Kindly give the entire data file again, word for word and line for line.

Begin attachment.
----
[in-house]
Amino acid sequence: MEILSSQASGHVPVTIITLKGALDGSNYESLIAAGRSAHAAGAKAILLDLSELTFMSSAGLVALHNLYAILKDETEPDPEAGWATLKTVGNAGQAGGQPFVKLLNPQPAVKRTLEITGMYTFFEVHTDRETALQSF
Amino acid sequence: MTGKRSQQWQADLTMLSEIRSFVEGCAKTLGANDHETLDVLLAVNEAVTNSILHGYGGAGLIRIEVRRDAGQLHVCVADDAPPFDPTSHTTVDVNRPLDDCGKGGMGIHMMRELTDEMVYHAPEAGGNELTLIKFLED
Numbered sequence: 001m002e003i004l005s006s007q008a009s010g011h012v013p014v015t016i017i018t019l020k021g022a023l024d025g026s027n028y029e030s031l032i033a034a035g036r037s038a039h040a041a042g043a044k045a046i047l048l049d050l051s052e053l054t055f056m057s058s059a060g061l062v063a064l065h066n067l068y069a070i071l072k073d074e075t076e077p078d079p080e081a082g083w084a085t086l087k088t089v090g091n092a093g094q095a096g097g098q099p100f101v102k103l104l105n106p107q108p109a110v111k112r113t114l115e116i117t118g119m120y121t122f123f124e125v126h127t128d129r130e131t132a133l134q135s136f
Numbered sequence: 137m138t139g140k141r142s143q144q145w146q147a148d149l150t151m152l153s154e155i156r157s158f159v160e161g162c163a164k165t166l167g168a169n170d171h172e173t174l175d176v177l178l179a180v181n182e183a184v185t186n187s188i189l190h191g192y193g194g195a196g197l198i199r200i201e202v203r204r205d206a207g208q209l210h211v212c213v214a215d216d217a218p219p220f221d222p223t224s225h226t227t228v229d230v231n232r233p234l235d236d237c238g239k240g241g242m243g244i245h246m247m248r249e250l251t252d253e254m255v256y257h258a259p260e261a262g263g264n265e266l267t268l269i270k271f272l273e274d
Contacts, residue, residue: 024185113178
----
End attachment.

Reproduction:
[in-house]
Amino acid sequence: MEILSSQASGHVPVTIITLKGALDGSNYESLIAAGRSAHAAGAKAILLDLSELTFMSSAGLVALHNLYAILKDETEPDPEAGWATLKTVGNAGQAGGQPFVKLLNPQPAVKRTLEITGMYTFFEVHTDRETALQSF
Amino acid sequence: MTGKRSQQWQADLTMLSEIRSFVEGCAKTLGANDHETLDVLLAVNEAVTNSILHGYGGAGLIRIEVRRDAGQLHVCVADDAPPFDPTSHTTVDVNRPLDDCGKGGMGIHMMRELTDEMVYHAPEAGGNELTLIKFLED
Numbered sequence: 001m002e003i004l005s006s007q008a009s010g011h012v013p014v015t016i017i018t019l020k021g022a023l024d025g026s027n028y029e030s031l032i033a034a035g036r037s038a039h040a041a042g043a044k045a046i047l048l049d050l051s052e053l054t055f056m057s058s059a060g061l062v063a064l065h066n067l068y069a070i071l072k073d074e075t076e077p078d079p080e081a082g083w084a085t086l087k088t089v090g091n092a093g094q095a096g097g098q099p100f101v102k103l104l105n106p107q108p109a110v111k112r113t114l115e116i117t118g119m120y121t122f123f124e125v126h127t128d129r130e131t132a133l134q135s136f
Numbered sequence: 137m138t139g140k141r142s143q144q145w146q147a148d149l150t151m152l153s154e155i156r157s158f159v160e161g162c163a164k165t166l167g168a169n170d171h172e173t174l175d176v177l178l179a180v181n182e183a184v185t186n187s188i189l190h191g192y193g194g195a196g197l198i199r200i201e202v203r204r205d206a207g208q209l210h211v212c213v214a215d216d217a218p219p220f221d222p223t224s225h226t227t228v229d230v231n232r233p234l235d236d237c238g239k240g241g242m243g244i245h246m247m248r249e250l251t252d253e254m255v256y257h258a259p260e261a262g263g264n265e266l267t268l269i270k271f272l273e274d
Contacts, residue, residue: 024185113178